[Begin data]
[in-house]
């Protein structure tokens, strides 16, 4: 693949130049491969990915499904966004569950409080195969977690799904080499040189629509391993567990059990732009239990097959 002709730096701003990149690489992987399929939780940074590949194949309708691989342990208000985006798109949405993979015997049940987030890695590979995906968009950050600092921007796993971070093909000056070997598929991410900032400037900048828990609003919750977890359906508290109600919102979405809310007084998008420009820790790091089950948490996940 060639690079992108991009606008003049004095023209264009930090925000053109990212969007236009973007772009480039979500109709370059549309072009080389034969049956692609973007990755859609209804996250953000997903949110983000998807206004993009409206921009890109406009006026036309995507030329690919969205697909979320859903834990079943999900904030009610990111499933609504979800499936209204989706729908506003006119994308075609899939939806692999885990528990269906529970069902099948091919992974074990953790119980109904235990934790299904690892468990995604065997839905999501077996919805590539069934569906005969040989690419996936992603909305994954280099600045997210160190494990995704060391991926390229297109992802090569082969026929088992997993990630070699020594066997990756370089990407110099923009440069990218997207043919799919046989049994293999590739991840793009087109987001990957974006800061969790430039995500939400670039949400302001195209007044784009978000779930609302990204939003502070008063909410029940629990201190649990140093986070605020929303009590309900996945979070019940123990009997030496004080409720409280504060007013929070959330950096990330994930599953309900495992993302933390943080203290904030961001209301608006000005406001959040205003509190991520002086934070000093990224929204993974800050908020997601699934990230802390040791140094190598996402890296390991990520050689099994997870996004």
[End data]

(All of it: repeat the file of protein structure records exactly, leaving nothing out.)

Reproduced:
[in-house]
């Protein structure tokens, strides 16, 4: 693949130049491969990915499904966004569950409080195969977690799904080499040189629509391993567990059990732009239990097959 002709730096701003990149690489992987399929939780940074590949194949309708691989342990208000985006798109949405993979015997049940987030890695590979995906968009950050600092921007796993971070093909000056070997598929991410900032400037900048828990609003919750977890359906508290109600919102979405809310007084998008420009820790790091089950948490996940 060639690079992108991009606008003049004095023209264009930090925000053109990212969007236009973007772009480039979500109709370059549309072009080389034969049956692609973007990755859609209804996250953000997903949110983000998807206004993009409206921009890109406009006026036309995507030329690919969205697909979320859903834990079943999900904030009610990111499933609504979800499936209204989706729908506003006119994308075609899939939806692999885990528990269906529970069902099948091919992974074990953790119980109904235990934790299904690892468990995604065997839905999501077996919805590539069934569906005969040989690419996936992603909305994954280099600045997210160190494990995704060391991926390229297109992802090569082969026929088992997993990630070699020594066997990756370089990407110099923009440069990218997207043919799919046989049994293999590739991840793009087109987001990957974006800061969790430039995500939400670039949400302001195209007044784009978000779930609302990204939003502070008063909410029940629990201190649990140093986070605020929303009590309900996945979070019940123990009997030496004080409720409280504060007013929070959330950096990330994930599953309900495992993302933390943080203290904030961001209301608006000005406001959040205003509190991520002086934070000093990224929204993974800050908020997601699934990230802390040791140094190598996402890296390991990520050689099994997870996004």